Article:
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Fintech & Lending

The past decade has given birth to numerous new companies promising to combine technology and finance to revolutionize the lending business.  There has been much enthusiasm for these companies in the investor world – from Silicon Valley to the public stock markets – and for the new industry they’re a part of which has been labeled “Fintech.”  The success that these companies seek is premised upon certain foundational beliefs and observations, some of them valid and others perhaps not so much.

The most important observation is that in the wake of the last financial crisis, the one that saw the world taken right up to the abyss of chaos by the banking system, bank regulators and politicians have tightened the screws on banks, thus leaving much of the demand for loans unmet and opening the door for new lenders.  It seems that this observation remains valid, but is subject to change at anytime given the potency of the banking lobby in DC as well as the ability that cheap debt capital can have to create (at least) the illusion of economic vibrancy, if not the real thing.  In plain English, bank capital flows can swing from tight to loose, and this can have the most profound impact upon the nascent Fintech business and thus must be monitored very closely.

Much enthusiasm for Fintech companies has to do with the notion of them using technology to deliver capital more efficiently, and perhaps without some of the (incorrect) biases that humans do.  There are two distinct elements at play here; one that I believe has permanent merit and thus real value, and one that I’m a bit more skeptical of.  I’m convinced that the lending process, still unbelievably paper-heavy, can and will be massively transformed by technology to be made to be far smoother, and much more efficient and precise.  I also believe that computer algorithm’s born from huge data can steer lenders to better and smarter/safer lending practices, and can help identify qualified borrowers and price risk more efficiently.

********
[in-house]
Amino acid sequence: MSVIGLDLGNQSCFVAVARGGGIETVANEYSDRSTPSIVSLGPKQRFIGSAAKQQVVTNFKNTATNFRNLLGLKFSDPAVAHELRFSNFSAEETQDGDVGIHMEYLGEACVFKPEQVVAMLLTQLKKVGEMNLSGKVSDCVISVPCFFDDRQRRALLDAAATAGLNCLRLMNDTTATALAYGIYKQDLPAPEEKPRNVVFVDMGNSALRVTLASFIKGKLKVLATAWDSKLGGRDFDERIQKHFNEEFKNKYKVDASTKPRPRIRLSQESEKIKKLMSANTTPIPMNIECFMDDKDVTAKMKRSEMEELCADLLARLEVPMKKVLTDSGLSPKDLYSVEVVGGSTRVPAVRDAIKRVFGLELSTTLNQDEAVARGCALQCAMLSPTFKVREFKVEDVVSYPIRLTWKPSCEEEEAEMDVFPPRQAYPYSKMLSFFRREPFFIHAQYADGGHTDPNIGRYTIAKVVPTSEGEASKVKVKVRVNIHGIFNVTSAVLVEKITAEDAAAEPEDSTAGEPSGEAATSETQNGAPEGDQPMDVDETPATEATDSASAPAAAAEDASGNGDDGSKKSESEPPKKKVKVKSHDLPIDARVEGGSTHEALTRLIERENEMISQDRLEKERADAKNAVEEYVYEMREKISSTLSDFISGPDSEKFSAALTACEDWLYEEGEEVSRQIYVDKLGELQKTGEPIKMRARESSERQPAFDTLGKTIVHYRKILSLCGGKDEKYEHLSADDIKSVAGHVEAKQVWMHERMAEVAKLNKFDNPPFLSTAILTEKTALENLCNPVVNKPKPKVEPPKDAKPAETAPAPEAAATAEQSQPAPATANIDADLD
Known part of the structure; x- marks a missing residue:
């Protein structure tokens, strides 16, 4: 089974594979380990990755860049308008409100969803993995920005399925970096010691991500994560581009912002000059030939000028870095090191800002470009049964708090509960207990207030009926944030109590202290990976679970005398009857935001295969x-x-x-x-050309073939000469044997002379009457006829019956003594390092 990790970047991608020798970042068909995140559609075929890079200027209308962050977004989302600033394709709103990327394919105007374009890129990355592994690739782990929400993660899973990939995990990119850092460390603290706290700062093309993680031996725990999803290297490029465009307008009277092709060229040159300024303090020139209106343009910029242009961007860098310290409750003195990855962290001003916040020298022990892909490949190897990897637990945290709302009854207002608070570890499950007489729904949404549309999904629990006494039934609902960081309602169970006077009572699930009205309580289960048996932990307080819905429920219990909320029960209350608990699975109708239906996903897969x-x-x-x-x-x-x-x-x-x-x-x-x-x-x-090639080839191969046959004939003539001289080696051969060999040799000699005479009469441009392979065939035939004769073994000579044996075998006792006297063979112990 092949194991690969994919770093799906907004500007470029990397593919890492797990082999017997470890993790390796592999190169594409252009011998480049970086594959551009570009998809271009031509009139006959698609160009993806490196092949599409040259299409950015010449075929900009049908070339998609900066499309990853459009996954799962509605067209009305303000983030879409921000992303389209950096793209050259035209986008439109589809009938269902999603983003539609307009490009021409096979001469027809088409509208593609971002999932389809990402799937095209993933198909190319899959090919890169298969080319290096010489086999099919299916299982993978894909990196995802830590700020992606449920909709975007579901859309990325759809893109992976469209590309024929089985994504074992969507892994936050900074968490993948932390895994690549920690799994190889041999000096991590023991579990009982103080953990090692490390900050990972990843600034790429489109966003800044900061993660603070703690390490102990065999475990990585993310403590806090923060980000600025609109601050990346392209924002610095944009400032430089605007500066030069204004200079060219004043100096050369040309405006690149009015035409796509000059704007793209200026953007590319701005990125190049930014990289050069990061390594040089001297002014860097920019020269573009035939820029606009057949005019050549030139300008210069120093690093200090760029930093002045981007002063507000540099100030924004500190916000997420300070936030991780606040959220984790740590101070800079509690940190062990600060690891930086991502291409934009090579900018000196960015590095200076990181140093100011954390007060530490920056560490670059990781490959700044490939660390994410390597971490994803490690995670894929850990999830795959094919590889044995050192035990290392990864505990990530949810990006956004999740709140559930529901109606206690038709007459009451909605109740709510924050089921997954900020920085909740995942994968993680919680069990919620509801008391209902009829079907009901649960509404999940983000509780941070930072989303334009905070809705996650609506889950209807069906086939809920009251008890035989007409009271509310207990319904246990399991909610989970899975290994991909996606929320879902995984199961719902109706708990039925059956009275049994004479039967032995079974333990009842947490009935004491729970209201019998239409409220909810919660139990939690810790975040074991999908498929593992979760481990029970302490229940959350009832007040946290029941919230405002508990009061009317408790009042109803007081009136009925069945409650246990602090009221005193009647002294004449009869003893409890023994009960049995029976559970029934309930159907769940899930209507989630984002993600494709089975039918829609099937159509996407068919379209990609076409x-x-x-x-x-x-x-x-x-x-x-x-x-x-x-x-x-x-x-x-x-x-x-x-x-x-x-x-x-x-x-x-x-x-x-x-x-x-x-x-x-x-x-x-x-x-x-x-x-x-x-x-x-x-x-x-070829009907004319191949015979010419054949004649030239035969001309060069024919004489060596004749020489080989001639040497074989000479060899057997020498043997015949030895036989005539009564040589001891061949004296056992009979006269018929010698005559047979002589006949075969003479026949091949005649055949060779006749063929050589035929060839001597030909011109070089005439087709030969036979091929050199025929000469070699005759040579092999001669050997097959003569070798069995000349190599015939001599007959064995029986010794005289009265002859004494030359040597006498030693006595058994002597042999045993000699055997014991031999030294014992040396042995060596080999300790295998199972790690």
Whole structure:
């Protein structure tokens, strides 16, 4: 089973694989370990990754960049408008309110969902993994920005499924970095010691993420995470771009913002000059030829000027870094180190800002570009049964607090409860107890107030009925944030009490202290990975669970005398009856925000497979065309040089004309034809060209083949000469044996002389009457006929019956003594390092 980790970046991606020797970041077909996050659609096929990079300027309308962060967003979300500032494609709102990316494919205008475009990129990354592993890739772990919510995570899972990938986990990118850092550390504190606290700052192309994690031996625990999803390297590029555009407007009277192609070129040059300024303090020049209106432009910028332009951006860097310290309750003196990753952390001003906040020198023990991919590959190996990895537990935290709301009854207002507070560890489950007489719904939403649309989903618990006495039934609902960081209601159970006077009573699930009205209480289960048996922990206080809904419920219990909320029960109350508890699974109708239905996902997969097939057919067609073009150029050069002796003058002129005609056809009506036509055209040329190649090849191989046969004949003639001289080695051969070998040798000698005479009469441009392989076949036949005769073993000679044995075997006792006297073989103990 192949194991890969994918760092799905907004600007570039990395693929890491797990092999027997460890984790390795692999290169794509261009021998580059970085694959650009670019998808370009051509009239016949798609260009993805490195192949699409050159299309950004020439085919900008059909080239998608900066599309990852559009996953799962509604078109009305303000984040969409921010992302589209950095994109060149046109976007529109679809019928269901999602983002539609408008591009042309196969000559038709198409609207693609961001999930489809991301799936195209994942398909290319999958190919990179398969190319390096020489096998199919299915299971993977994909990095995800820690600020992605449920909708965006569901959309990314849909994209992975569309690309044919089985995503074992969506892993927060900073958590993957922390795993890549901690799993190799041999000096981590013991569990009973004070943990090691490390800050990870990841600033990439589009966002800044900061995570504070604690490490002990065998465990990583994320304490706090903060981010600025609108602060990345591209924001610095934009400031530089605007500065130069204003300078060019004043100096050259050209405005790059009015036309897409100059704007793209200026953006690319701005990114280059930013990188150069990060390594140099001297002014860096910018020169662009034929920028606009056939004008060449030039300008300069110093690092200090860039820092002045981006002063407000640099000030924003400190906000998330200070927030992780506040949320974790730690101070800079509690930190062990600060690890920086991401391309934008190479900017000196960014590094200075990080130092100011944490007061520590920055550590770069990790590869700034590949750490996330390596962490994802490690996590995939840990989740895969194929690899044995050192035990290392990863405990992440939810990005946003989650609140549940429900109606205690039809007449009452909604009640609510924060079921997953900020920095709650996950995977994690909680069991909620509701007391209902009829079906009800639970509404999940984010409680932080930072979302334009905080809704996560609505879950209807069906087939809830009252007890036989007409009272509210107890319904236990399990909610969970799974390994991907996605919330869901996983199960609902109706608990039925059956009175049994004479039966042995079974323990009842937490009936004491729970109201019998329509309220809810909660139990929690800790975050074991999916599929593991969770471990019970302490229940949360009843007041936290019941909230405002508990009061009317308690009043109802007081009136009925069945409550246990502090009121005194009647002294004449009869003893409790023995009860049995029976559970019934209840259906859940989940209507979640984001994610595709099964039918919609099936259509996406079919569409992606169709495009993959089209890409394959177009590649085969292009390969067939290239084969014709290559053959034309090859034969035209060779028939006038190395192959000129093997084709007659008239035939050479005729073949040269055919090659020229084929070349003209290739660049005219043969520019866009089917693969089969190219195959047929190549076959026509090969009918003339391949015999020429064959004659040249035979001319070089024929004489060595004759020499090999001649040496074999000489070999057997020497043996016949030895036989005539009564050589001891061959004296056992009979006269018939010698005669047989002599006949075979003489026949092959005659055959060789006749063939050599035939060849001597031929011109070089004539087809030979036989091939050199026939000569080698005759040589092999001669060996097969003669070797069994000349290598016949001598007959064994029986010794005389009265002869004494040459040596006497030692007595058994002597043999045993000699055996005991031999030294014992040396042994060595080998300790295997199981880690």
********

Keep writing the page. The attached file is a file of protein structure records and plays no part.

What I’m skeptical about is the method of funding loans for Fintech and the non-banking lender model.  Banks have a very mixed record as a lender or evaluator and manager of credit risk, however, the deposit insurance-backed/Fed window-accessing banking model does have the advantage of insuring that they always have money to lend anyway.  Non-bank lenders, including Fintech companies, must constantly earn investor trust, persuading investors to back their lending businesses.  When they fail to do so their lending capacities can shrink to zero rather quickly.  Banks, on the other hand, for better or worse, can have awful lending records but still be flush with loanable funds to meet borrower demand.   This is a real challenge inasmuch as boom/bust cycles are built into the human condition, and during the bust period, when capital is typically in the shortest supply, prices of assets are declining, and fear is dominating greed, investors are loathe to commit more capital thus exacerbating downturns.  For Fintech companies this would be a time of very little access to capital and thus they would be poorly equipped to fund new loans.  For a society that would be dependent largely upon these lenders a cyclical downturn could thus be quite nasty.

For purists, of which I might rightly consider myself one, this would be OK in that the downturn would naturally make assets very cheap and yields very high, thus fomenting the greed that would naturally turn a bust into a boom.  For politicians and their constituents, for whom patience and tolerance for any pain tends to be nil, the hue and cry for intervention to hasten that recovery would be too tempting to avoid.  As such, it would be hard to imagine a move towards a finance system that is dominated by non-banks for the longer haul.  Inevitably, the desire to have the trigger of manipulation that is our banking system is just too damn attractive for societies- both politicians, who love to manipulate as well the general public, who naturally have a low tolerance for pain that emanates from an absence of belief in, or understanding of the free market, and who have little appreciation for the societal costs that the deposit insurance-backed banking system necessarily costs them.

The ebb and flow of Fintech will be fascinating to watch.  I predict that many of the best firms and best technology will ultimately be purchased by banks or will become banks themselves.

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